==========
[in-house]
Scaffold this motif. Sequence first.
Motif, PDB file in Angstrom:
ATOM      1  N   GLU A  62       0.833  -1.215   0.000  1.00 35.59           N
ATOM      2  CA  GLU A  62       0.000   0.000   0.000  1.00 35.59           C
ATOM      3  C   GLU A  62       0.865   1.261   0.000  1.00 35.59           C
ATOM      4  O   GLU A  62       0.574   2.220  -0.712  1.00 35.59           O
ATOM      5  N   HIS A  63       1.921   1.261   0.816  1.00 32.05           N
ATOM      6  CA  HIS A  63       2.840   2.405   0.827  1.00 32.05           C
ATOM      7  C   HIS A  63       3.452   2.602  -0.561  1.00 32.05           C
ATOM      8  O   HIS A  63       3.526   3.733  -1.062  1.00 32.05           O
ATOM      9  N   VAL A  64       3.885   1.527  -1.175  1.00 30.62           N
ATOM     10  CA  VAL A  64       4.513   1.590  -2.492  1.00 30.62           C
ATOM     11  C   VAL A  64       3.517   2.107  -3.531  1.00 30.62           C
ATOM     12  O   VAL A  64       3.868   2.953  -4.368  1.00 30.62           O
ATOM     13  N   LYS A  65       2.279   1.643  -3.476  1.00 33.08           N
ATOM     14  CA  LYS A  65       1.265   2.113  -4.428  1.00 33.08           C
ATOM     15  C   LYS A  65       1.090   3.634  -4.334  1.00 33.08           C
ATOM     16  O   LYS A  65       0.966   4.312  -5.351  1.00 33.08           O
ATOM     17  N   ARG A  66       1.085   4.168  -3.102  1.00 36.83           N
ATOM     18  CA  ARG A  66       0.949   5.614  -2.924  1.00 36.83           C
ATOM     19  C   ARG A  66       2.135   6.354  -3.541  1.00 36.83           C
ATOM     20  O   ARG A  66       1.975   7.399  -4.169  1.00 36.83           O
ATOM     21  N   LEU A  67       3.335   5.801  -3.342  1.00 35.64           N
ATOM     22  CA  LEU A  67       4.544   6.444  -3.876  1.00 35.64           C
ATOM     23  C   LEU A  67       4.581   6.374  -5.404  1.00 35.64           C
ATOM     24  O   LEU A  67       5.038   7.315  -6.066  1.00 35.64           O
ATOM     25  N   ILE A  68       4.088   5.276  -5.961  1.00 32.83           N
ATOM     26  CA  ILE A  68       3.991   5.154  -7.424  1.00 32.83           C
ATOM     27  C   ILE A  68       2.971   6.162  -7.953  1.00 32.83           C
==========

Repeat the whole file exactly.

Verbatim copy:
[in-house]
Scaffold this motif. Sequence first.
Motif, PDB file in Angstrom:
ATOM      1  N   GLU A  62       0.833  -1.215   0.000  1.00 35.59           N
ATOM      2  CA  GLU A  62       0.000   0.000   0.000  1.00 35.59           C
ATOM      3  C   GLU A  62       0.865   1.261   0.000  1.00 35.59           C
ATOM      4  O   GLU A  62       0.574   2.220  -0.712  1.00 35.59           O
ATOM      5  N   HIS A  63       1.921   1.261   0.816  1.00 32.05           N
ATOM      6  CA  HIS A  63       2.840   2.405   0.827  1.00 32.05           C
ATOM      7  C   HIS A  63       3.452   2.602  -0.561  1.00 32.05           C
ATOM      8  O   HIS A  63       3.526   3.733  -1.062  1.00 32.05           O
ATOM      9  N   VAL A  64       3.885   1.527  -1.175  1.00 30.62           N
ATOM     10  CA  VAL A  64       4.513   1.590  -2.492  1.00 30.62           C
ATOM     11  C   VAL A  64       3.517   2.107  -3.531  1.00 30.62           C
ATOM     12  O   VAL A  64       3.868   2.953  -4.368  1.00 30.62           O
ATOM     13  N   LYS A  65       2.279   1.643  -3.476  1.00 33.08           N
ATOM     14  CA  LYS A  65       1.265   2.113  -4.428  1.00 33.08           C
ATOM     15  C   LYS A  65       1.090   3.634  -4.334  1.00 33.08           C
ATOM     16  O   LYS A  65       0.966   4.312  -5.351  1.00 33.08           O
ATOM     17  N   ARG A  66       1.085   4.168  -3.102  1.00 36.83           N
ATOM     18  CA  ARG A  66       0.949   5.614  -2.924  1.00 36.83           C
ATOM     19  C   ARG A  66       2.135   6.354  -3.541  1.00 36.83           C
ATOM     20  O   ARG A  66       1.975   7.399  -4.169  1.00 36.83           O
ATOM     21  N   LEU A  67       3.335   5.801  -3.342  1.00 35.64           N
ATOM     22  CA  LEU A  67       4.544   6.444  -3.876  1.00 35.64           C
ATOM     23  C   LEU A  67       4.581   6.374  -5.404  1.00 35.64           C
ATOM     24  O   LEU A  67       5.038   7.315  -6.066  1.00 35.64           O
ATOM     25  N   ILE A  68       4.088   5.276  -5.961  1.00 32.83           N
ATOM     26  CA  ILE A  68       3.991   5.154  -7.424  1.00 32.83           C
ATOM     27  C   ILE A  68       2.971   6.162  -7.953  1.00 32.83           C